China Confirms First Coronavirus Death Outside of Epicenter of Disease Outbreak

An 80-year-old man is the first death of the coronavirus outside of the disease outbreak's epicenter, China's National Health Commission confirmed Thursday.

The man, who has not been identified, stayed in Wuhan, the city where the coronavirus outbreak started, for two months. He recently returned to his home in the Hebei province, over 600 miles away from Wuhan, where he began showing symptoms. The man died Wednesday, however, officials didn't confirm the cause of death until Thursday.

Since the outbreak began, at least 18 people have died. Another 557 people are confirmed by the World Health Organization (WHO) to have been infected by the coronavirus, though experts at the Imperial College London put the figure closer to 4,000 infected. In response to the outbreak, Chinese officials locked down at least three cities: Wuhan, and the nearby Huanggang and Ezhou. The cities have a combined population of over 18 million.

In Beijing, 715 miles from Wuhan, major events have been cancelled indefinitely, including fairs for the Lunar New Year, according to the Associated Press. Beijing's Forbidden City museum announced it is also closing indefinitely to prevent the spread of the disease.

A Chinese man wears a protective mask and glasses before boarding a train before the annual Spring Festival at a Beijing railway station on January 23, 2020 in Beijing, China. Kevin Frayer/Getty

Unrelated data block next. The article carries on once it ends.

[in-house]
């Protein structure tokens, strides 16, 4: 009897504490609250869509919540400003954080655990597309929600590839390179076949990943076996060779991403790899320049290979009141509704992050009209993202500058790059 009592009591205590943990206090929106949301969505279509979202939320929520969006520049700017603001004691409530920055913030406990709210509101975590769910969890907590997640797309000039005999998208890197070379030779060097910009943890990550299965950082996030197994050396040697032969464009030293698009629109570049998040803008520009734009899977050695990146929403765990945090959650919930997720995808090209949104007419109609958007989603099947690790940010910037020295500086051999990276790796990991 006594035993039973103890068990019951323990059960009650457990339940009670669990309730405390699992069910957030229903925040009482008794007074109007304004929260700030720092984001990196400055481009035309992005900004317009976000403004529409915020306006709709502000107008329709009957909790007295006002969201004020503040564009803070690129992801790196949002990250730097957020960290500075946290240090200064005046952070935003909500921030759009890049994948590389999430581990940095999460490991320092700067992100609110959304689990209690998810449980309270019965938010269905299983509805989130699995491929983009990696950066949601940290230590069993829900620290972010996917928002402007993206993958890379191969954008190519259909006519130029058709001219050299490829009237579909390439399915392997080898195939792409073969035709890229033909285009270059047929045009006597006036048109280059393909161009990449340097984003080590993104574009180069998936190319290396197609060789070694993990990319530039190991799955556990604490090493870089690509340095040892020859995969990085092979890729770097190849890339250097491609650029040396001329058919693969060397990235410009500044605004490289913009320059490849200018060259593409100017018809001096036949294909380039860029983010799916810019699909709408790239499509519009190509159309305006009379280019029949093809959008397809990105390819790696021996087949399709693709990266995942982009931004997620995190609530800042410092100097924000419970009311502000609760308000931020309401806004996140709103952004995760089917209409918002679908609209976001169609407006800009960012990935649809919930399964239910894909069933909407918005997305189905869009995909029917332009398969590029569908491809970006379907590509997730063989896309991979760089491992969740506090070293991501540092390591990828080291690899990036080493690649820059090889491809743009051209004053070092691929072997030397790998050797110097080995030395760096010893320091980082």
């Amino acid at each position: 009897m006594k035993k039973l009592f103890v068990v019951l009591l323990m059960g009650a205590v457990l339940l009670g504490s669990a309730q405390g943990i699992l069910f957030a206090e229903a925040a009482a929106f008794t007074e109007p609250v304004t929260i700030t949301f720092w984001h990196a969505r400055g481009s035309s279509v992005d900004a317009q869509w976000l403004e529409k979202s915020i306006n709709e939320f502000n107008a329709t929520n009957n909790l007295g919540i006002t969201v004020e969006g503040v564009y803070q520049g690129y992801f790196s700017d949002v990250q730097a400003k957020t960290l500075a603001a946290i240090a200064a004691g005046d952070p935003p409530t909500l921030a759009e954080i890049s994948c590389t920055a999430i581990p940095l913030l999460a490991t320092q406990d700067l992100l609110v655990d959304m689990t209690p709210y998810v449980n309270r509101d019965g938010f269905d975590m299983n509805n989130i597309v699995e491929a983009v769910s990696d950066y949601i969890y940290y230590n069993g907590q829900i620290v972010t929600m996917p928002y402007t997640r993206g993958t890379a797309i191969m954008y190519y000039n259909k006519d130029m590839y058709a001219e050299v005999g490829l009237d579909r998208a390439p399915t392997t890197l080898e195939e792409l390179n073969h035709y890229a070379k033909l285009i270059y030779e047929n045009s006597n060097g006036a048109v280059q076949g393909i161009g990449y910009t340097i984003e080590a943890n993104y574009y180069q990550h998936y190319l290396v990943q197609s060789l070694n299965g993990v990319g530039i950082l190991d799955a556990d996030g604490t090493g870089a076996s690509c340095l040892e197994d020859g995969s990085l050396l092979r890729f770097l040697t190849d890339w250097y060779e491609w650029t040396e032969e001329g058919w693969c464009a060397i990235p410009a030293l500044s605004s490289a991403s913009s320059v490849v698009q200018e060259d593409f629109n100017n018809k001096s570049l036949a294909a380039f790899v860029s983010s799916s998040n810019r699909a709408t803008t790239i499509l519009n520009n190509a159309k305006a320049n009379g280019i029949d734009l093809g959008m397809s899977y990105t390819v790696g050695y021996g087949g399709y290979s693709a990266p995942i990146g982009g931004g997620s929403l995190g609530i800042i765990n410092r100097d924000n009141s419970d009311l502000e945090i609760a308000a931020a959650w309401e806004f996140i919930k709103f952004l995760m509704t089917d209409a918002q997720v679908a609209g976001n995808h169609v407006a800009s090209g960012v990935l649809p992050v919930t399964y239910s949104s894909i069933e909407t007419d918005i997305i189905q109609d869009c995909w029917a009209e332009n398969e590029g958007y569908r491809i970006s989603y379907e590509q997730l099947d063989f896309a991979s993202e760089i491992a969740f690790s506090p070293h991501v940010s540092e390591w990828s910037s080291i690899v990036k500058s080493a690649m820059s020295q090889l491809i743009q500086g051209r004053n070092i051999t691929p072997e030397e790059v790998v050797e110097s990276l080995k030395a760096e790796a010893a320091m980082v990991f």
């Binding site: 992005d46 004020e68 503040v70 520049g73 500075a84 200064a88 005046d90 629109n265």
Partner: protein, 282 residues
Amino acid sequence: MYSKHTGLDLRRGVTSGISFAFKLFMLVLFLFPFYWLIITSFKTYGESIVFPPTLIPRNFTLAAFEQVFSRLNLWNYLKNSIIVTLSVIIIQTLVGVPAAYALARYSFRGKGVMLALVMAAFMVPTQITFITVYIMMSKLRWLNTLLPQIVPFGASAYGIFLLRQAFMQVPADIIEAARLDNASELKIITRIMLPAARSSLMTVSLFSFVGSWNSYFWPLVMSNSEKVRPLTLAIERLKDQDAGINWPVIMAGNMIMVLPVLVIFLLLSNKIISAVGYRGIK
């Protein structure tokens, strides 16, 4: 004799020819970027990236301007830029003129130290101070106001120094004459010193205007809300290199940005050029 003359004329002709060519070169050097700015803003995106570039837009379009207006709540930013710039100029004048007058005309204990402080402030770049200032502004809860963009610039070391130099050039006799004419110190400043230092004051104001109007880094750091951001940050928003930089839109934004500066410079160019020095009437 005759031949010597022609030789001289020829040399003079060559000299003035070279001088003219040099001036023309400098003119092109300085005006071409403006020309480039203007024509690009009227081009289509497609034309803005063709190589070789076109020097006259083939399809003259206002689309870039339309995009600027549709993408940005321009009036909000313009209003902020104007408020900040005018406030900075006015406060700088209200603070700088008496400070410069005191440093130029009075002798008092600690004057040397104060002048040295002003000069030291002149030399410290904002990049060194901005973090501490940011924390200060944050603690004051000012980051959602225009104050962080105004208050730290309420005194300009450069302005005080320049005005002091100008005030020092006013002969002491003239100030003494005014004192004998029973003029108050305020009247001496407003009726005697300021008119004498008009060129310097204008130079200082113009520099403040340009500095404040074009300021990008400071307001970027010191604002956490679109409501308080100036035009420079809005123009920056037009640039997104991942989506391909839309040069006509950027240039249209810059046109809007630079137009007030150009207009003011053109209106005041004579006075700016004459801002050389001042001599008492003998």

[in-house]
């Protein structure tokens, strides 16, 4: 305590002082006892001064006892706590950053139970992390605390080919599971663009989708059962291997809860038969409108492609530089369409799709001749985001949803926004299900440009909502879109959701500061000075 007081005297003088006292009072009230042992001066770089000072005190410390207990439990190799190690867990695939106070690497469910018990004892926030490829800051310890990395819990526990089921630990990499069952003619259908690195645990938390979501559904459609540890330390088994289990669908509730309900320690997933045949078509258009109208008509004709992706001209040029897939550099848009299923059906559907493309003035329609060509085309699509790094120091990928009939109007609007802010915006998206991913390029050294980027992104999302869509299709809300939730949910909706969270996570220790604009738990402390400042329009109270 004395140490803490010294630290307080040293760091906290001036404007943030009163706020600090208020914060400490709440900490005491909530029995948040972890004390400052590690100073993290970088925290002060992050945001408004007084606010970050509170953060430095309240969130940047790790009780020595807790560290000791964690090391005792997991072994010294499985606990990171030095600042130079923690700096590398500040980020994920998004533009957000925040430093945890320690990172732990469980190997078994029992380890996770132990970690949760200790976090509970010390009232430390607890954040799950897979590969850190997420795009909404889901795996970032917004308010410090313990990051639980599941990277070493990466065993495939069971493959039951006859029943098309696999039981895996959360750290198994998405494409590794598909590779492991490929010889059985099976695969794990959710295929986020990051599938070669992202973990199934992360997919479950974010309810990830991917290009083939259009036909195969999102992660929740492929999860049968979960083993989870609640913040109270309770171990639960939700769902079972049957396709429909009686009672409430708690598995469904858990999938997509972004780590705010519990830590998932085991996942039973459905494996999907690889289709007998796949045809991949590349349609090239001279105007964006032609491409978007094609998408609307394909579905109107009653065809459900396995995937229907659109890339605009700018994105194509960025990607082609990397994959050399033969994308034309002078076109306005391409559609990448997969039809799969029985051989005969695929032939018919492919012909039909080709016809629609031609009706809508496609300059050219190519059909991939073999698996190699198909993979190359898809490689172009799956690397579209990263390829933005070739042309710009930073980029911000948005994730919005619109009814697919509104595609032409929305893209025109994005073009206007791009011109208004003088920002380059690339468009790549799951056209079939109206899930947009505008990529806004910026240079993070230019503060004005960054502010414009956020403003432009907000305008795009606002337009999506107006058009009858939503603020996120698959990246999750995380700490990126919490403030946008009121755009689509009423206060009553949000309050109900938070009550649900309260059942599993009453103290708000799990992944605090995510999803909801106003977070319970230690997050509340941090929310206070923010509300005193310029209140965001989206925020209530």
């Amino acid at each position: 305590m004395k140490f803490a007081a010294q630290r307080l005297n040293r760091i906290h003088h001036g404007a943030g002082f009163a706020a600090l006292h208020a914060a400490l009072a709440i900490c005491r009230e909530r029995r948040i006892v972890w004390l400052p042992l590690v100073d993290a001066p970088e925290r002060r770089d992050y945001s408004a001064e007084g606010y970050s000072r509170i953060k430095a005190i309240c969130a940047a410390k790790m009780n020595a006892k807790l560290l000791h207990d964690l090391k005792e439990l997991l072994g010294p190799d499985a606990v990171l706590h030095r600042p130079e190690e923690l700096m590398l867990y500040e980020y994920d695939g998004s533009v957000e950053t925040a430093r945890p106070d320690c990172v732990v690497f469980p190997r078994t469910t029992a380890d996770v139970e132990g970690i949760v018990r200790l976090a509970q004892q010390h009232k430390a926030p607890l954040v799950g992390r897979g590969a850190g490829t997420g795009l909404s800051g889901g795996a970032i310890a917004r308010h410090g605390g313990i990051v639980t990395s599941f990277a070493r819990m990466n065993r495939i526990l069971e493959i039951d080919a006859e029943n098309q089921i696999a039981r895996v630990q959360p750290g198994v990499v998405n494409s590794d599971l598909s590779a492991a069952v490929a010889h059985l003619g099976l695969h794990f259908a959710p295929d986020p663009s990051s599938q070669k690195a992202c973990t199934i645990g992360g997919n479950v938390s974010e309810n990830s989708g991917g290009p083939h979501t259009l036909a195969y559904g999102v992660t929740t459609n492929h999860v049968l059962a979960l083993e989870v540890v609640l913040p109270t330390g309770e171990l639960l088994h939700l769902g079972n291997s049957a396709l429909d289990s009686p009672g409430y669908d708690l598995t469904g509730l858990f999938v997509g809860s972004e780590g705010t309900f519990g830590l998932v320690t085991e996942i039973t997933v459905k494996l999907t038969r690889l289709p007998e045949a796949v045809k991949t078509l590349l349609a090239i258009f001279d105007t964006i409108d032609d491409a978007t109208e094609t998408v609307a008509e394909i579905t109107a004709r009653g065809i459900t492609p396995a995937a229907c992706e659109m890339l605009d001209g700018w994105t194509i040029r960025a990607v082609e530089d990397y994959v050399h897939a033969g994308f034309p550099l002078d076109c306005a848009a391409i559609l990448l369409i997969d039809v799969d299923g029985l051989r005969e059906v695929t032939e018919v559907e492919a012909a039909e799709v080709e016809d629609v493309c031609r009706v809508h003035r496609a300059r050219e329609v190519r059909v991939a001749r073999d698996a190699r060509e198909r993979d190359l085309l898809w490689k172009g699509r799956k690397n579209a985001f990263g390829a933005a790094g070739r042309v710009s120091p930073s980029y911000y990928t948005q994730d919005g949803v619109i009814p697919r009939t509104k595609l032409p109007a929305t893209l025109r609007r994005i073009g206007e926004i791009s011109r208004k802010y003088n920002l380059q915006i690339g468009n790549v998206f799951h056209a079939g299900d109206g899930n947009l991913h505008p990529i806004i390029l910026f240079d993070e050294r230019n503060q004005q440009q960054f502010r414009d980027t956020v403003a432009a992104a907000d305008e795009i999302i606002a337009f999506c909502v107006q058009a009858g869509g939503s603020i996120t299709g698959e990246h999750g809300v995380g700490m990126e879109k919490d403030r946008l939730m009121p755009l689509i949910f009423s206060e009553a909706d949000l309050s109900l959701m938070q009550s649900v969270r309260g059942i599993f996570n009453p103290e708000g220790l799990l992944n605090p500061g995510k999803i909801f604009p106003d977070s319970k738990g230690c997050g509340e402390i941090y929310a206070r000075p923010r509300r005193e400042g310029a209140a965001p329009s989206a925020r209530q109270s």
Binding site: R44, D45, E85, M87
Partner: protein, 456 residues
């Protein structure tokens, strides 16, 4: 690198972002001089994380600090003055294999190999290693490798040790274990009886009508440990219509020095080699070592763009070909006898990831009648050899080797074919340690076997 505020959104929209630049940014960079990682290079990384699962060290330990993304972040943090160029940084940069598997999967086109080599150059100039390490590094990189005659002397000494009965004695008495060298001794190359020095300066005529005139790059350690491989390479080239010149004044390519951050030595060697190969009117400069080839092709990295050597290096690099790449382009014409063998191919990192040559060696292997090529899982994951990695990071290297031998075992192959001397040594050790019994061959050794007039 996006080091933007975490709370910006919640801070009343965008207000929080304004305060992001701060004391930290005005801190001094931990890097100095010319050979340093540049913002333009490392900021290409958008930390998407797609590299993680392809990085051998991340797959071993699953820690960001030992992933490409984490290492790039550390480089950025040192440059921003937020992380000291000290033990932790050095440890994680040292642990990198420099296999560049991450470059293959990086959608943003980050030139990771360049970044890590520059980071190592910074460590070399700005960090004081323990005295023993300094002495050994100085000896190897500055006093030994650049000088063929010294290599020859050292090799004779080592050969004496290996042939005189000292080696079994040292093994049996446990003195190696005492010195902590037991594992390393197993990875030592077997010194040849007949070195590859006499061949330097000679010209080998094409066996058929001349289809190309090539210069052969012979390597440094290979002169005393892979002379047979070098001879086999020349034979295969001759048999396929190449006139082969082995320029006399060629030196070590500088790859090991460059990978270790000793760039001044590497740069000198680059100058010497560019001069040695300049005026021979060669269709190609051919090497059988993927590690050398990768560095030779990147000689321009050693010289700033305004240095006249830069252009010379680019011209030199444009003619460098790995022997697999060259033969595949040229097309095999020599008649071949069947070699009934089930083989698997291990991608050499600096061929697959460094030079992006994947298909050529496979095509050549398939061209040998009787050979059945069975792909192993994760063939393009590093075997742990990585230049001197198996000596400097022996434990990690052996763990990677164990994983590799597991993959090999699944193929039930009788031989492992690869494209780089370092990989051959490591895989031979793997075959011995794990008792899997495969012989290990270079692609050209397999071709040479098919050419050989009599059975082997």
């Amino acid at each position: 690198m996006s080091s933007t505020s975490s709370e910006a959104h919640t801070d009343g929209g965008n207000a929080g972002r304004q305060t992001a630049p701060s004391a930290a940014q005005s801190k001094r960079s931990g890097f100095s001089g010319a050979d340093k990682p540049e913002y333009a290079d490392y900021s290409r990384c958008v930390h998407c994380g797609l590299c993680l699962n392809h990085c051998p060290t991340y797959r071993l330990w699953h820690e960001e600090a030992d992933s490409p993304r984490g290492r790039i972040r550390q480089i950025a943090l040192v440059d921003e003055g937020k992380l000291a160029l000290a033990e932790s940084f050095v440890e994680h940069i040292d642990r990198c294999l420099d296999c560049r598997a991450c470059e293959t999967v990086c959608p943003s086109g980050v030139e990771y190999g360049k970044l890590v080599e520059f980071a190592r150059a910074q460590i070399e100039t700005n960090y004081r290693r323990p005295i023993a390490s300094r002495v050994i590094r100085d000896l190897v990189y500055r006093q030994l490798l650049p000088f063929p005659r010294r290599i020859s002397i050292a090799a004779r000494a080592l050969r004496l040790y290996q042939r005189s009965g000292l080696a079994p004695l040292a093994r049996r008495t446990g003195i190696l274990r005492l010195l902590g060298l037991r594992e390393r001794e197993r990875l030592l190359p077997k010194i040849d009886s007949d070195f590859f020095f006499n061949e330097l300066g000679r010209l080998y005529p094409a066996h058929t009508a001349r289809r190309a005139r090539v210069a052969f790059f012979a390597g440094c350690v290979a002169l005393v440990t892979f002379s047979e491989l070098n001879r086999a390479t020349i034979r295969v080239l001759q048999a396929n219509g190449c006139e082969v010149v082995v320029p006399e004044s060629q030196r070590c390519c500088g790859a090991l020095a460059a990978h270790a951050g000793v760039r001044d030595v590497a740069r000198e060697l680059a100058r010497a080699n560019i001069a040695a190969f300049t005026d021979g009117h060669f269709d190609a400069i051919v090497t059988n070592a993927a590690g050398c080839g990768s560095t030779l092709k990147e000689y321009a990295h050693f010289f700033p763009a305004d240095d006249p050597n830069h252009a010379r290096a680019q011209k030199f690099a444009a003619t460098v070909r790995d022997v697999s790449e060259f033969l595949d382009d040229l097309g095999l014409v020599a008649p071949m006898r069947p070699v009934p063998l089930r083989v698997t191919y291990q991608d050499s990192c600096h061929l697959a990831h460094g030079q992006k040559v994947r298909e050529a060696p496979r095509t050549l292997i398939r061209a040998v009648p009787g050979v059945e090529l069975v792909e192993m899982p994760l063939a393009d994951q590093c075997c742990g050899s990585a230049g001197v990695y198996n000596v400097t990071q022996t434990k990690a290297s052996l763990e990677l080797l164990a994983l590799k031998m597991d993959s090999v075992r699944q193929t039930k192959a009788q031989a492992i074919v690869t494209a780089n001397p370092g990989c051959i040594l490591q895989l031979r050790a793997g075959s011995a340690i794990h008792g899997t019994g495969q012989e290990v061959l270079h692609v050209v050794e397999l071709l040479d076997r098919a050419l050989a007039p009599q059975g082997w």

The WHO has yet to declare a global health emergency, however the group plans to meet again in 10 days to reassess the situation. Several WHO members believed it was "still too early" to declare an emergency, according to a press release. The WHO also praised China's efforts to contain the outbreak.

Symptoms of the new coronavirus include fever, cough and shortness of breath. There is an incubation period—the time between contracting the disease and showing symptoms—of about two weeks. This means it's possible for a person visiting Wuhan to be infected, but not show symptoms until they return home. Two cases have been discovered in the United States: one in Seattle, Washington, discovered Tuesday, and another in a Texas A&M University student, discovered Thursday.

The disease is believed to have originated at a seafood market in Wuhan. It is believed the coronavirus came from snakes.

"The virus has already been detected in both bats and snakes prior to this outbreak and the strains in both bats and snakes are similar to each other and the strains from human cases. Human cases are more like the strains in snakes so that is the more likely," Paul Hunter, a professor in medicine at the U.K.'s Norwich School of Medicine, told Newsweek.

The coronavirus is part of a family of viruses, which includes the common cold as well as more serious diseases like Severe Acute Respiratory Syndrome. No vaccine exists, however, the U.S. National Institutes of Allergy and Infectious Diseases is working on one, though it could take more than a year for it to be released.